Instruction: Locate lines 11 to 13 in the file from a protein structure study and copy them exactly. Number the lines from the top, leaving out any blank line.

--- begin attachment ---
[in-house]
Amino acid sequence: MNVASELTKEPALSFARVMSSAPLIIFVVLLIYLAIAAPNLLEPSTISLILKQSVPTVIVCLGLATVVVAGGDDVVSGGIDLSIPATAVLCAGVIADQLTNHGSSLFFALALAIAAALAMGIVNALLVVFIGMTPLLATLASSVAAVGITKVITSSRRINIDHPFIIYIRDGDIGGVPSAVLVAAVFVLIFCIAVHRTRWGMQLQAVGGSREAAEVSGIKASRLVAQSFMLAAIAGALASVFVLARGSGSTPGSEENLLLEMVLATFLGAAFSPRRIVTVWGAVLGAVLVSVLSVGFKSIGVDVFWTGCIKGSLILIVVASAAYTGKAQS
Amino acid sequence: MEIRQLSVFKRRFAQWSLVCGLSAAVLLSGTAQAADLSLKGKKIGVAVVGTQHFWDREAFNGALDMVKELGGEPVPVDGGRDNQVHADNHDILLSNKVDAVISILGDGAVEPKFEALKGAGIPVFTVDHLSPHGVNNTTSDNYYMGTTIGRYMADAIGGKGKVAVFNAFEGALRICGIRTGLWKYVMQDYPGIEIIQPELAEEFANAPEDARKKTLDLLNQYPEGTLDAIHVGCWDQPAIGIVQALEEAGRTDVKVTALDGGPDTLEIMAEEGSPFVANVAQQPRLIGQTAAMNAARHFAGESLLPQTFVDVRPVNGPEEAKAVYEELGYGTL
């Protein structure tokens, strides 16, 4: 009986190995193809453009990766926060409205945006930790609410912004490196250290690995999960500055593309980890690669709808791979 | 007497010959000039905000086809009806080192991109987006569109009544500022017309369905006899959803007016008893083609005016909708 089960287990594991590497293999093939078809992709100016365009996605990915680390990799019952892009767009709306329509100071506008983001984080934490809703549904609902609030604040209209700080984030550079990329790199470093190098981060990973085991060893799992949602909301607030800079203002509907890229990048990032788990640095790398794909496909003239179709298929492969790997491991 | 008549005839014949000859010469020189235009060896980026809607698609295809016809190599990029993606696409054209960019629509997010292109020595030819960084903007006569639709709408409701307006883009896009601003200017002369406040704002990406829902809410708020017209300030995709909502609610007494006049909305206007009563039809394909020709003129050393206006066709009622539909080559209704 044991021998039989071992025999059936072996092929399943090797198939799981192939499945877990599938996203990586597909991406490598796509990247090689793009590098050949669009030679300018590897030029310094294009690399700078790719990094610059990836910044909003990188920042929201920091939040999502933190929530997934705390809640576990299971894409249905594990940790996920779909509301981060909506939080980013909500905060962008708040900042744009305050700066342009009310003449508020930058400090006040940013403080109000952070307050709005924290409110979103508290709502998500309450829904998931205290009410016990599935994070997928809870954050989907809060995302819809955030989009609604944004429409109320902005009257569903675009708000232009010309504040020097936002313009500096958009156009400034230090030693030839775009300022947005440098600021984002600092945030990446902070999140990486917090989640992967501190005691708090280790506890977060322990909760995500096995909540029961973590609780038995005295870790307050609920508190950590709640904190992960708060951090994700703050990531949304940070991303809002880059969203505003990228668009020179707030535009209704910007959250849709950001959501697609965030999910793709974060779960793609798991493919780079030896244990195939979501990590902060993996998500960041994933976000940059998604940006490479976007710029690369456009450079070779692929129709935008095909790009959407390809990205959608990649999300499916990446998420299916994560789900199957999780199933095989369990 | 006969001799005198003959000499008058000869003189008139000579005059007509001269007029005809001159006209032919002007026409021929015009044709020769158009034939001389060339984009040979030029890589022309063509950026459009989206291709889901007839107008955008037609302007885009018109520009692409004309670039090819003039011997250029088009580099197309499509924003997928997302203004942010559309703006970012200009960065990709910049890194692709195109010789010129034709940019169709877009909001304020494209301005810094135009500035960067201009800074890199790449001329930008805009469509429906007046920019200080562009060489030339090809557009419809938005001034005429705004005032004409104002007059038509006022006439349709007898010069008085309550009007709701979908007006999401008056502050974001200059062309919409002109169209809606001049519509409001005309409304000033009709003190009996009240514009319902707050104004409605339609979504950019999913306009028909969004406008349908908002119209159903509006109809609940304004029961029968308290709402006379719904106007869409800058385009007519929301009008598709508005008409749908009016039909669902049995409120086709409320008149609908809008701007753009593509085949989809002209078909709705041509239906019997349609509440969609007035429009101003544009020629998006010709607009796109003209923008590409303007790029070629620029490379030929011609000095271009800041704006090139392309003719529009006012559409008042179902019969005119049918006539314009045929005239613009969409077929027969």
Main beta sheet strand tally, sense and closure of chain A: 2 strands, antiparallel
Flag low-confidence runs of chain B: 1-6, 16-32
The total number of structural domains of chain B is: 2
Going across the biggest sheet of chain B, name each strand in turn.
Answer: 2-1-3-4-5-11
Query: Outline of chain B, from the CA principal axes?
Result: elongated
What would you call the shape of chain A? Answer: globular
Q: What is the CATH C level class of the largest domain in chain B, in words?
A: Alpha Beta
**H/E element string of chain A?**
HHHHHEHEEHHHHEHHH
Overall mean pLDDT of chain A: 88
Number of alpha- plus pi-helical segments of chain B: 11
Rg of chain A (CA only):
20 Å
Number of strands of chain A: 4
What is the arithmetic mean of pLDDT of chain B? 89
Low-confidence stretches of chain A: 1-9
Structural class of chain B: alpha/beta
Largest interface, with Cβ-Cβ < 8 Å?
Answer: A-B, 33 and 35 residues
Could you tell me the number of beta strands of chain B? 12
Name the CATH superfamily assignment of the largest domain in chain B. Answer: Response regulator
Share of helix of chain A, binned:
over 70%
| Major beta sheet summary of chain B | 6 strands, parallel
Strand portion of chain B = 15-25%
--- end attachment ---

Result: elongated
What would you call the shape of chain A? Answer: globular
Q: What is the CATH C level class of the largest domain in chain B, in words?